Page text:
Google Decides to Throw a Haymaker at China
Google today announced that they will take off the filters from Google.cn in a “what the hell? we might as well go out swinging with head held high” blog post. Whether you think it’s brilliant, courageous and/or desperate (I think it’s some of all, with the caveat that I also want a completely free and uncensored web for everyone, everywhere), it certainly marks another milestone in this ongoing clash between one of the world’s tech darlings and China.
Today’s announcement comes a few months after Google’s China chief Kai Fu Lee left the company (I’m venturing a guess that he knew all of this was coming and asked to not be put in the middle of it, and as he obviously wants a future in China, who can blame him). Since then, Google China has been without a clear captain, and rumors recently surfaced that employees had started looking for jobs elsewhere (and today’s announcement would seem to substantiate at least the idea that Google China employees have been prepared for the end). So personnel-wise, things have been in the works for a while now.
Google spent most of their announcement talking about hackers trying to get at human rights activist’s Gmail accounts and emails. There really isn’t anything I want to say about that other than hackers attack companies constantly and sometimes there are breaches and sometimes the hackers are (big surprise) working for foreign governments.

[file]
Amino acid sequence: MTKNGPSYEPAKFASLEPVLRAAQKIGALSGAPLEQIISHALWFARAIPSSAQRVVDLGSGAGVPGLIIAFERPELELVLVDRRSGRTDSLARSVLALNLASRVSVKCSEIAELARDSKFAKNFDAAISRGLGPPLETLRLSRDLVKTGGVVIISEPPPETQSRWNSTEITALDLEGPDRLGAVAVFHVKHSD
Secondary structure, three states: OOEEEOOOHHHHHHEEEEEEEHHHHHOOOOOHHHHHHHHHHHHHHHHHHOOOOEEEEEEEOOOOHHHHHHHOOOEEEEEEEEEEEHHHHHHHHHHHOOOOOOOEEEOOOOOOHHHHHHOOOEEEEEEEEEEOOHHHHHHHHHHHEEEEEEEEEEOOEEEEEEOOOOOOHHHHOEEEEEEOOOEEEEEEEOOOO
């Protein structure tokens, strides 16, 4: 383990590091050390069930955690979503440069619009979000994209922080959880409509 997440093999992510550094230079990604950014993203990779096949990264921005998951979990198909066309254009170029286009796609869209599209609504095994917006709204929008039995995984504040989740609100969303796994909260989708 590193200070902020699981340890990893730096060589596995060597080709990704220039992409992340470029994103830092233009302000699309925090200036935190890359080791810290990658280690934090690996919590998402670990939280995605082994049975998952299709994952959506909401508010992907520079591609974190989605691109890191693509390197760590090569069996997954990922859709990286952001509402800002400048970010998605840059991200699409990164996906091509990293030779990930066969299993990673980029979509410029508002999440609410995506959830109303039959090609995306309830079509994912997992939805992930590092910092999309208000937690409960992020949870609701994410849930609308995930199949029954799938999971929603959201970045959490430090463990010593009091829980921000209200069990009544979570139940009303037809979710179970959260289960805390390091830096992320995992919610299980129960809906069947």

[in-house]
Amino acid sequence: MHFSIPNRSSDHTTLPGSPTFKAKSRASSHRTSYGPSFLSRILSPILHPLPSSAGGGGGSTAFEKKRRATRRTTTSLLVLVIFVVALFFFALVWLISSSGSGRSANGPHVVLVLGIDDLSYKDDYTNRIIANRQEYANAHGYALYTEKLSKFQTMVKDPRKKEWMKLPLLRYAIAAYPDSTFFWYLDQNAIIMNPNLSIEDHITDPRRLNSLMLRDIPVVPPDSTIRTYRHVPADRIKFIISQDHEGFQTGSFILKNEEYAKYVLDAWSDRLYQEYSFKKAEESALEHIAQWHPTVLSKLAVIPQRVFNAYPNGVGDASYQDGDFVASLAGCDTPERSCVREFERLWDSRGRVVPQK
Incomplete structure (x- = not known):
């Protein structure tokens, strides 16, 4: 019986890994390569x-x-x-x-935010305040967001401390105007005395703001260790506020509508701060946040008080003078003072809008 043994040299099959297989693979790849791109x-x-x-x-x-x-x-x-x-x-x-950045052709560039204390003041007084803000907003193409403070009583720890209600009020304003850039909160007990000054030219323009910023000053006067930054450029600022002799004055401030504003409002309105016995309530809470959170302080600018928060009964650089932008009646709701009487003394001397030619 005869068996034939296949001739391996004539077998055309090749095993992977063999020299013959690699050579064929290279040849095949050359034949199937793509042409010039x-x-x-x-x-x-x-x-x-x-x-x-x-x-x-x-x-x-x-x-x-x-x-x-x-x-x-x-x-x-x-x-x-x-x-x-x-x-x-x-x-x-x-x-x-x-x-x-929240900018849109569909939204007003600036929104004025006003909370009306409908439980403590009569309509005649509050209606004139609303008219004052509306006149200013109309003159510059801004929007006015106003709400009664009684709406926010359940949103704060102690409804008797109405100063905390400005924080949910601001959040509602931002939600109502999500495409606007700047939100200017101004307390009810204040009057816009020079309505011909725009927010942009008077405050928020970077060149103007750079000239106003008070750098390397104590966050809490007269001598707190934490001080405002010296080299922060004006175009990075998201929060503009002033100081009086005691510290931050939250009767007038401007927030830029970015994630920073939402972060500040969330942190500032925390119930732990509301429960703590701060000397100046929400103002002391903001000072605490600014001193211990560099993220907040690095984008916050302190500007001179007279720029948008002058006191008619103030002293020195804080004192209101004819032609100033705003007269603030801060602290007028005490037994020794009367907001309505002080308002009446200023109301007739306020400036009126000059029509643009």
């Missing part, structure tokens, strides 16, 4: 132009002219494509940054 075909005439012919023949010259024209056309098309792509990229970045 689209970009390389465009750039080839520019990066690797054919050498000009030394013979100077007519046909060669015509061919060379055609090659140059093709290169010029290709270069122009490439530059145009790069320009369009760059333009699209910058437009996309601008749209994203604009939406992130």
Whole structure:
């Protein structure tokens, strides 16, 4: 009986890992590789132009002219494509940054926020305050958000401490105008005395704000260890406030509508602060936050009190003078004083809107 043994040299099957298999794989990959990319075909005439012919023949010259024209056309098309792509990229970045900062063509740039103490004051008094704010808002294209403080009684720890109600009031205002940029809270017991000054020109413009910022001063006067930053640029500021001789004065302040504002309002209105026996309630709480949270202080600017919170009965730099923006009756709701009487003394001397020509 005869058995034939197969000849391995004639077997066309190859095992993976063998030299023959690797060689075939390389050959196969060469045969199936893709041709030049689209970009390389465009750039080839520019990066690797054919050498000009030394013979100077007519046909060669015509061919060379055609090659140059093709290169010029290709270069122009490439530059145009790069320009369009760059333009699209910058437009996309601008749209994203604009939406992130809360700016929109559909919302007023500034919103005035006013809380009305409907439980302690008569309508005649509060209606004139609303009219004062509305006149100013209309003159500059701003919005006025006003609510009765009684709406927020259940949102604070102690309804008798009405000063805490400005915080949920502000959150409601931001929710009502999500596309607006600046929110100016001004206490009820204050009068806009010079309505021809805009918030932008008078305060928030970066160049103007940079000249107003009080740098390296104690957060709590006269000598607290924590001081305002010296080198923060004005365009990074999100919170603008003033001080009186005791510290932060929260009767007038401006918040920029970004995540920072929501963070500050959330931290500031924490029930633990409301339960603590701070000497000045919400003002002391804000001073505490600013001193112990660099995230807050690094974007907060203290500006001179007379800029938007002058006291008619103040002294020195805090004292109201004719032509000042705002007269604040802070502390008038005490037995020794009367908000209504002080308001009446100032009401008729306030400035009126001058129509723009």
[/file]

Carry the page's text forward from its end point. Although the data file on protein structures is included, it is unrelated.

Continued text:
If Google decides to pick up and leave China (and although not out of the realm of possibility of them returning, doing so within say 3 years is probably next to impossible), the reason that they would leave is that they simply are putting too much into their efforts in the market, while denting their image worldwide (by censoring results) and are not getting back enough to justify it all. That’s the reason, plain and simple. And the real losers in this will be Chinese Internet users, who will lose a (not perfect) resource offered by a company that truly believes in the freedom and power of information. Don’t believe me? Google it… sorry, I mean Baidu it.
(Note: Upon re-reading and further reflection, I’ve edited this post since I first wrote it.)